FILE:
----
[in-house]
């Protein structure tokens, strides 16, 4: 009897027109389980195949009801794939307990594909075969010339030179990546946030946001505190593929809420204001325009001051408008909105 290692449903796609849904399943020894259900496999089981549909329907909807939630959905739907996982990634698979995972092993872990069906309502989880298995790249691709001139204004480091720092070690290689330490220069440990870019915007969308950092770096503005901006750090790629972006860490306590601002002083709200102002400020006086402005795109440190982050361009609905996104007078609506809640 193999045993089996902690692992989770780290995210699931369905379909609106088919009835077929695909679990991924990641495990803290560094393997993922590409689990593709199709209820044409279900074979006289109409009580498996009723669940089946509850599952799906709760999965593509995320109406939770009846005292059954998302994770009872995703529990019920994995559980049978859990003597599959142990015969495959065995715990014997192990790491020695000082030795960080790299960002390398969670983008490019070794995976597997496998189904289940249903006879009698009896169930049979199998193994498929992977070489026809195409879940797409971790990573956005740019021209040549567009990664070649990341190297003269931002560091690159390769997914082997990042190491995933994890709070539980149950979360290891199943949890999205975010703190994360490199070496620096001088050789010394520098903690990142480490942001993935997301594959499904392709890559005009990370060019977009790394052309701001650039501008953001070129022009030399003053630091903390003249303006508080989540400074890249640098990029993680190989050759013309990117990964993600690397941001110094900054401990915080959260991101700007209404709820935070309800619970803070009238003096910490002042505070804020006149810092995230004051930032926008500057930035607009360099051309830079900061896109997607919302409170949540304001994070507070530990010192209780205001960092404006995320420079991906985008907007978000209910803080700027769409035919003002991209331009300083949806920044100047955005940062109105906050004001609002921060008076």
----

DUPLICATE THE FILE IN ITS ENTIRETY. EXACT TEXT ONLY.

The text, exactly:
[in-house]
């Protein structure tokens, strides 16, 4: 009897027109389980195949009801794939307990594909075969010339030179990546946030946001505190593929809420204001325009001051408008909105 290692449903796609849904399943020894259900496999089981549909329907909807939630959905739907996982990634698979995972092993872990069906309502989880298995790249691709001139204004480091720092070690290689330490220069440990870019915007969308950092770096503005901006750090790629972006860490306590601002002083709200102002400020006086402005795109440190982050361009609905996104007078609506809640 193999045993089996902690692992989770780290995210699931369905379909609106088919009835077929695909679990991924990641495990803290560094393997993922590409689990593709199709209820044409279900074979006289109409009580498996009723669940089946509850599952799906709760999965593509995320109406939770009846005292059954998302994770009872995703529990019920994995559980049978859990003597599959142990015969495959065995715990014997192990790491020695000082030795960080790299960002390398969670983008490019070794995976597997496998189904289940249903006879009698009896169930049979199998193994498929992977070489026809195409879940797409971790990573956005740019021209040549567009990664070649990341190297003269931002560091690159390769997914082997990042190491995933994890709070539980149950979360290891199943949890999205975010703190994360490199070496620096001088050789010394520098903690990142480490942001993935997301594959499904392709890559005009990370060019977009790394052309701001650039501008953001070129022009030399003053630091903390003249303006508080989540400074890249640098990029993680190989050759013309990117990964993600690397941001110094900054401990915080959260991101700007209404709820935070309800619970803070009238003096910490002042505070804020006149810092995230004051930032926008500057930035607009360099051309830079900061896109997607919302409170949540304001994070507070530990010192209780205001960092404006995320420079991906985008907007978000209910803080700027769409035919003002991209331009300083949806920044100047955005940062109105906050004001609002921060008076």